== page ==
England: Carolina Marin, the 21-year-old Andalucian who created one of the biggest sensations in badminton history last year, created another by becoming the first Spaniard ever to win an All-England title.
Marin did that with a 16-21, 21-14, 21-7 women’s singles win over Saina Nehwal, the world number three from India.
And it was a remarkable result for someone from a country where until now little badminton has been played, and one which follows her startling capture of the world title in Copenhagen last year.
What made it all the more stunning was that Marin had never beaten Nehwal before and that she did so this time, having looked headed for defeat at a game and 6-10 down.
But she transformed both the tactical emphasis and the emotion of the match, and well before the end Nehwal’s skills and movement seemed to have strangely evaporated.
“This is quite amazing for me,” said Marin. “I lost to her every time before, so to beat her like this, and in this tournament, is very special indeed.
“It was special when I won the world title – so many people met me at the airport – and this feels very special too. We shall see how people react this time.”
Nehwal, who now has to be content with being the first Indian woman to reach this final, nevertheless started well, moving into a three-point lead at once, and extending it to nine points before consolidating it to 20-11, at which stage it seemed that the match night become very one-sided.
– Deceptive –
That was because in the process Nehwal also showed how she might be tactically superior.
She often kept the shuttle low and flat, away from Marin’s fine smashing and, when she lifted the shuttle, she usually moved it form side to side and was mostly accurate enough.
Nehwal was also often better at the mid-court pushing and jabbing exchanges, and it became unclear how Marin was going to get back into the match.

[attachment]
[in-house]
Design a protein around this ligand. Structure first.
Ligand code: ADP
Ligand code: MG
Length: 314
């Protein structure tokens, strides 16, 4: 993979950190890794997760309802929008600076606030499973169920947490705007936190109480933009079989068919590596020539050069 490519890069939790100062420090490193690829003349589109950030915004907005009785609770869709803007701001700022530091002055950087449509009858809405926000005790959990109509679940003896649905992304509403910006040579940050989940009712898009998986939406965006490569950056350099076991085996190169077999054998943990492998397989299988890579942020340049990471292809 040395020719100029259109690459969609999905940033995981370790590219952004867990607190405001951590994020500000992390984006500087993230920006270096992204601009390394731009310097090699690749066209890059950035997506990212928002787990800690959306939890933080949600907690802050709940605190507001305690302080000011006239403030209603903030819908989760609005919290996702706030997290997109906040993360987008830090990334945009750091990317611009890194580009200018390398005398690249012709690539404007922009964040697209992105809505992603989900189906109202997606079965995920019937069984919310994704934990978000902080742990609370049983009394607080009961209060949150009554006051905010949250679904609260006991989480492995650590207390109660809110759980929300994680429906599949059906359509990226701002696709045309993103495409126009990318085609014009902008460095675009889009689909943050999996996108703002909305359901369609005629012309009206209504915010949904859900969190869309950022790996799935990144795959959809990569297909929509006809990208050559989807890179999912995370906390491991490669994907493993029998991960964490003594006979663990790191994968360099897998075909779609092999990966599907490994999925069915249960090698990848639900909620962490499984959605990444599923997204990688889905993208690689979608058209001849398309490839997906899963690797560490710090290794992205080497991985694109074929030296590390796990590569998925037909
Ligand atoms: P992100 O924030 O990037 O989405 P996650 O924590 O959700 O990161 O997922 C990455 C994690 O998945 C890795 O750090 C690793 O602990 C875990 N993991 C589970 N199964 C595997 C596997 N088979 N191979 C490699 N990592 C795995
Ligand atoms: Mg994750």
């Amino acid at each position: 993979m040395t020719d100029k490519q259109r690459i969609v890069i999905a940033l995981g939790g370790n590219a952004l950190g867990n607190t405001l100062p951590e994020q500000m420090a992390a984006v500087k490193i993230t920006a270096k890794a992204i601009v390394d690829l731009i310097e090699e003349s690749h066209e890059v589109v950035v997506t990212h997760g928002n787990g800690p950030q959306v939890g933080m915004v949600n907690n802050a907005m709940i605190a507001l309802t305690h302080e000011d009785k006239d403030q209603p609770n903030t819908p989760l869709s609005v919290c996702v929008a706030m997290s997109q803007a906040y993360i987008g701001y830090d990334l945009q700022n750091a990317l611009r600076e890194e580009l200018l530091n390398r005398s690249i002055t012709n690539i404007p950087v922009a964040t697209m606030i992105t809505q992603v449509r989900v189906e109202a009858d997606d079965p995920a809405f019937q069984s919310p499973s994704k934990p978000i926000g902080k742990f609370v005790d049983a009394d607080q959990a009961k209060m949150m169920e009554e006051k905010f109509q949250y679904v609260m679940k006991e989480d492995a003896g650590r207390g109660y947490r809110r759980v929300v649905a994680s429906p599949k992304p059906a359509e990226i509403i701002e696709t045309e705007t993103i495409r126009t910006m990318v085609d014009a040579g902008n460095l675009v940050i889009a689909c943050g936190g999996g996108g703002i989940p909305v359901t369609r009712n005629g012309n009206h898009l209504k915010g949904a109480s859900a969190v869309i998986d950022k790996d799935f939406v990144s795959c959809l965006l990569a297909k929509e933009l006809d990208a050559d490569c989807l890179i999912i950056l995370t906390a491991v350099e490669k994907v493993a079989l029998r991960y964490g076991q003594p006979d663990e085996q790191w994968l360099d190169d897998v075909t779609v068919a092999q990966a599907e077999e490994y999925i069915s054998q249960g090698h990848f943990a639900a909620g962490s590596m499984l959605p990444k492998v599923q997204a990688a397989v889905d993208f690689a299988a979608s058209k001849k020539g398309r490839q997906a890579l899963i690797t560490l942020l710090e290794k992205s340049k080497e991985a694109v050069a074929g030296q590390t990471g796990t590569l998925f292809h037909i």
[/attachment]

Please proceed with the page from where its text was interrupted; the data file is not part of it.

It was not until the Spaniard won the point which earned her the serve at 9-15 that she managed to land one of her powerful and deceptive round-the-head smashes for a winner.
But Marin started to come good when she won five points in a row before losing the first game.
And from the mid-stage of the second game she started to hustle and dictate much more, improving greatly in the mid-court exchanges, and fighting much harder.
Even then Marin went 6-10 down in the second game, at which point thoughts of winning the title which had been her childhood dream might well have come into Nehwal’s head.
But when Marin had hit a trademark smash followed by a kill to reach 17-13, she showed a fist and strutted provocatively across the net, and from the then on the emotions of the contest changed, as well as its tactics.
– Unstoppable –
And once Marin had closed out the second set after a rat-a-tat mid-court exchange she got completely on top, and Nehwal seemed unable to respond. “I just lost focus and began hurrying, which was not right,” Nehwal said.
“Playing against top players anything can happen at any stage, and you can always get nervous at some point in time. That’s what happened here.”
By the change of ends in the decider Marin had become unstoppable.
She finished with a fierce sequence of attacks and when she had won threw herself on the floor and covered her eyes, before leaping up to begin a series of embraces.
“At 9-11 in the second I heard my coach calling to me,” she said. “I stuck to my game plan (speeding the rallies up more) and tried to make less mistakes. I could feel it was beginning to work but then it started working very quickly.”
In women’s doubles, Bao Yixin/Tang Yuanting of China defeated Wang Xiaoli/Yu Yang 21-14, 21-14 to win the women’s doubles title.